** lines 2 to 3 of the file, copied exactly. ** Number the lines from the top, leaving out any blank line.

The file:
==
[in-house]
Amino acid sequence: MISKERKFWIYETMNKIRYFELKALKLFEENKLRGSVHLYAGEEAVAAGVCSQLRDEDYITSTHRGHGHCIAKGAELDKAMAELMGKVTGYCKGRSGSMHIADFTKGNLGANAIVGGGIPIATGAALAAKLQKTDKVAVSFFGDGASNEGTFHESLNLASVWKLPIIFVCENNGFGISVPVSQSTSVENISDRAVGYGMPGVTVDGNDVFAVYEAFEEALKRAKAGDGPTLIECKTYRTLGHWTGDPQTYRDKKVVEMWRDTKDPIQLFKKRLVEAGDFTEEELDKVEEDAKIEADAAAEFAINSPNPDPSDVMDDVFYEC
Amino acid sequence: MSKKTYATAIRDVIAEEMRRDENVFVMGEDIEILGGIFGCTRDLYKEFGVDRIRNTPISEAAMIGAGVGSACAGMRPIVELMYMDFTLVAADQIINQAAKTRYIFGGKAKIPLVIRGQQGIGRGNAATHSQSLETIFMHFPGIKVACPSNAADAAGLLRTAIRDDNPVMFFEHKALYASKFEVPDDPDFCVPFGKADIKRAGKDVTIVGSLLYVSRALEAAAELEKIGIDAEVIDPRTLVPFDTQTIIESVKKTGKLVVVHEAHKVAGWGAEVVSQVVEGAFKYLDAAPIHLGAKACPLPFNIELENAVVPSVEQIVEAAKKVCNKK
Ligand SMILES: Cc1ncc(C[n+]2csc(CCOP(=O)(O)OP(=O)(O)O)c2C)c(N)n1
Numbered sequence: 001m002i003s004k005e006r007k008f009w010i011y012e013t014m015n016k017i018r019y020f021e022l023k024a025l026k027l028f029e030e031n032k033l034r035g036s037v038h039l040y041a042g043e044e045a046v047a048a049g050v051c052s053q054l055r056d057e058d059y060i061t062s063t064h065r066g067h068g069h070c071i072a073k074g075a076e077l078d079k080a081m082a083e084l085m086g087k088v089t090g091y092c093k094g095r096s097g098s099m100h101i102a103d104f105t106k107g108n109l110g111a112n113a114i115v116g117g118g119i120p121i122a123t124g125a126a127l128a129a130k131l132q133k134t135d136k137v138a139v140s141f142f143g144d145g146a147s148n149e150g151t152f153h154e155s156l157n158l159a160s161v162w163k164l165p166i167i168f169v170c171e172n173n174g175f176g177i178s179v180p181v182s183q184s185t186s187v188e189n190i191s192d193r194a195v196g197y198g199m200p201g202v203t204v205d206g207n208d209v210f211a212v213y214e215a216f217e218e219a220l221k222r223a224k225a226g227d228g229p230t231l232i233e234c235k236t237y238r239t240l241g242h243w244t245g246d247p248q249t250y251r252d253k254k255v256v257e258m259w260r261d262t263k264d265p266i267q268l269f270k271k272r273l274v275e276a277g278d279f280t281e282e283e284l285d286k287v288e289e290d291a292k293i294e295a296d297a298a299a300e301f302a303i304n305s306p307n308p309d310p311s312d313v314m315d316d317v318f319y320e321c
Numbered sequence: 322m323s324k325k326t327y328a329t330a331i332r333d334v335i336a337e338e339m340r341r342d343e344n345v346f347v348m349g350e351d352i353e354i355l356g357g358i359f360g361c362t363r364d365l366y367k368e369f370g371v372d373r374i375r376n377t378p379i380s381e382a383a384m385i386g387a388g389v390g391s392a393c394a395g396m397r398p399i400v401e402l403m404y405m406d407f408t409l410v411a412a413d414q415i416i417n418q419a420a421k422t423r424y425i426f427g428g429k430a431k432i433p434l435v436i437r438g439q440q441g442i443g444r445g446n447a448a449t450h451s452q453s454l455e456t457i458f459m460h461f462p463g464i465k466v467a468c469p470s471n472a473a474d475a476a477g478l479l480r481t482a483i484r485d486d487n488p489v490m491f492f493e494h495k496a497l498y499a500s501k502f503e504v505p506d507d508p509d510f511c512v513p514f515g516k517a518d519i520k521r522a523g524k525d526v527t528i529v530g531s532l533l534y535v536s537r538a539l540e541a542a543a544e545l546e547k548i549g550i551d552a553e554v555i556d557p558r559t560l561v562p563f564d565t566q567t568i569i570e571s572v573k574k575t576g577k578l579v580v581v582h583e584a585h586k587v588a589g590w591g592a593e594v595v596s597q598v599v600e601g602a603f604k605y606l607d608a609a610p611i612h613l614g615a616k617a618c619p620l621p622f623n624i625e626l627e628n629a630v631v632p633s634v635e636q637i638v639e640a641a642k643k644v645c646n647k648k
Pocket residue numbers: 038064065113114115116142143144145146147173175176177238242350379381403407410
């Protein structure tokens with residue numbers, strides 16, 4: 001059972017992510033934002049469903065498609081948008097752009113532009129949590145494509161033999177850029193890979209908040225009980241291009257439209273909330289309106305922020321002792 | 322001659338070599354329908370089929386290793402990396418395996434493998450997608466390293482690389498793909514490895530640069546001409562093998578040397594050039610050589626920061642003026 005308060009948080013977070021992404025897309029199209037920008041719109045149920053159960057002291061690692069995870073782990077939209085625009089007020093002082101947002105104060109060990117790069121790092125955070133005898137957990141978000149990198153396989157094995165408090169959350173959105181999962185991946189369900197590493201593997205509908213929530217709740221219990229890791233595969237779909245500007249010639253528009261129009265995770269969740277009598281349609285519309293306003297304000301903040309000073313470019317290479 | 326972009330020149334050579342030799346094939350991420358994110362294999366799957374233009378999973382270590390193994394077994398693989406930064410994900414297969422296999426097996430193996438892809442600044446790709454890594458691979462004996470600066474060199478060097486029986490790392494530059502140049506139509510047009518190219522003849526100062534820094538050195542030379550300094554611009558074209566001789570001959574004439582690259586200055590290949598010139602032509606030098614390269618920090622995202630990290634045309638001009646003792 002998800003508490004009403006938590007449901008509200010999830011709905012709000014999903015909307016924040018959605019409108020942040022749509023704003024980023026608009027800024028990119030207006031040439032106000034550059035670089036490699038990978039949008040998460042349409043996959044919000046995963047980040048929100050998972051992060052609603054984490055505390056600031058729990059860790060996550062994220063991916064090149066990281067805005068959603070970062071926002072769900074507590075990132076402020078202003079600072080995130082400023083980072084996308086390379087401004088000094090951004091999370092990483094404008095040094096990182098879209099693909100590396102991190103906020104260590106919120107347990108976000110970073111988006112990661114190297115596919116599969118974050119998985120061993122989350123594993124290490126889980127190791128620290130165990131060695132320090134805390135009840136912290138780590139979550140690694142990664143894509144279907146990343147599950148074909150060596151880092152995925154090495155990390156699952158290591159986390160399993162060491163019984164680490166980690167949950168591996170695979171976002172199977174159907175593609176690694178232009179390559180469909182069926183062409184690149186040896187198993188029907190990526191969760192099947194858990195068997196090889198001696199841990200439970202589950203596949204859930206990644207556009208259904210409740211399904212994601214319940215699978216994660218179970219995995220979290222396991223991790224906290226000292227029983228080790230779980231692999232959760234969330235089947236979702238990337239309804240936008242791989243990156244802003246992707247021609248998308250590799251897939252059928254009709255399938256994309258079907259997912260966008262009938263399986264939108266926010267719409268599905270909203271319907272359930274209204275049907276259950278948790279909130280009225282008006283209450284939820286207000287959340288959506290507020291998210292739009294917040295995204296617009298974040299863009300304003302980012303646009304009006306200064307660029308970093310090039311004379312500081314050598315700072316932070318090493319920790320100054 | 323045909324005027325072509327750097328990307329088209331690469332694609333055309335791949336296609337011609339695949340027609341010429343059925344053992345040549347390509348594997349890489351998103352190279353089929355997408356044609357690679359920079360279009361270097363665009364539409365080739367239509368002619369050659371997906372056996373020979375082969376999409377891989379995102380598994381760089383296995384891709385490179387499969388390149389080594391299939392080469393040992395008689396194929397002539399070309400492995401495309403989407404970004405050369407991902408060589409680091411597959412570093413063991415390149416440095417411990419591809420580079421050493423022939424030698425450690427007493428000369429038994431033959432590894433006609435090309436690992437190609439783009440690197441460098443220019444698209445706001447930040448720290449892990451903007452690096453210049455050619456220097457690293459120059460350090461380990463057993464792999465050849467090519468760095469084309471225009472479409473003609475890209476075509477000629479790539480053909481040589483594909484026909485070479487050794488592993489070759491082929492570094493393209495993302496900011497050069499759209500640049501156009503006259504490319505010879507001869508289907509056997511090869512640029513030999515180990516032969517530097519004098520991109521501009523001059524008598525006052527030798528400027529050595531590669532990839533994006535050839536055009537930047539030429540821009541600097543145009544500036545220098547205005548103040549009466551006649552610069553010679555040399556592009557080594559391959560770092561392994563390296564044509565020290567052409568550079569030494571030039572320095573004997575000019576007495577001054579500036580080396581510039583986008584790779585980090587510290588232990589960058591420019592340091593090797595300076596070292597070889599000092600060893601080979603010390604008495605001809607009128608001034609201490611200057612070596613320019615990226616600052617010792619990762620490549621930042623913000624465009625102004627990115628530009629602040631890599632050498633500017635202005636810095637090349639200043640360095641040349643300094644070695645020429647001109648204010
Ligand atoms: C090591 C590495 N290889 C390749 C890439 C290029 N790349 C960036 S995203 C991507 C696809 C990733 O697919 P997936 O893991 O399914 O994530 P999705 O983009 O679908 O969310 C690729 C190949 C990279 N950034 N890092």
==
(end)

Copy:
Amino acid sequence: MISKERKFWIYETMNKIRYFELKALKLFEENKLRGSVHLYAGEEAVAAGVCSQLRDEDYITSTHRGHGHCIAKGAELDKAMAELMGKVTGYCKGRSGSMHIADFTKGNLGANAIVGGGIPIATGAALAAKLQKTDKVAVSFFGDGASNEGTFHESLNLASVWKLPIIFVCENNGFGISVPVSQSTSVENISDRAVGYGMPGVTVDGNDVFAVYEAFEEALKRAKAGDGPTLIECKTYRTLGHWTGDPQTYRDKKVVEMWRDTKDPIQLFKKRLVEAGDFTEEELDKVEEDAKIEADAAAEFAINSPNPDPSDVMDDVFYEC
Amino acid sequence: MSKKTYATAIRDVIAEEMRRDENVFVMGEDIEILGGIFGCTRDLYKEFGVDRIRNTPISEAAMIGAGVGSACAGMRPIVELMYMDFTLVAADQIINQAAKTRYIFGGKAKIPLVIRGQQGIGRGNAATHSQSLETIFMHFPGIKVACPSNAADAAGLLRTAIRDDNPVMFFEHKALYASKFEVPDDPDFCVPFGKADIKRAGKDVTIVGSLLYVSRALEAAAELEKIGIDAEVIDPRTLVPFDTQTIIESVKKTGKLVVVHEAHKVAGWGAEVVSQVVEGAFKYLDAAPIHLGAKACPLPFNIELENAVVPSVEQIVEAAKKVCNKK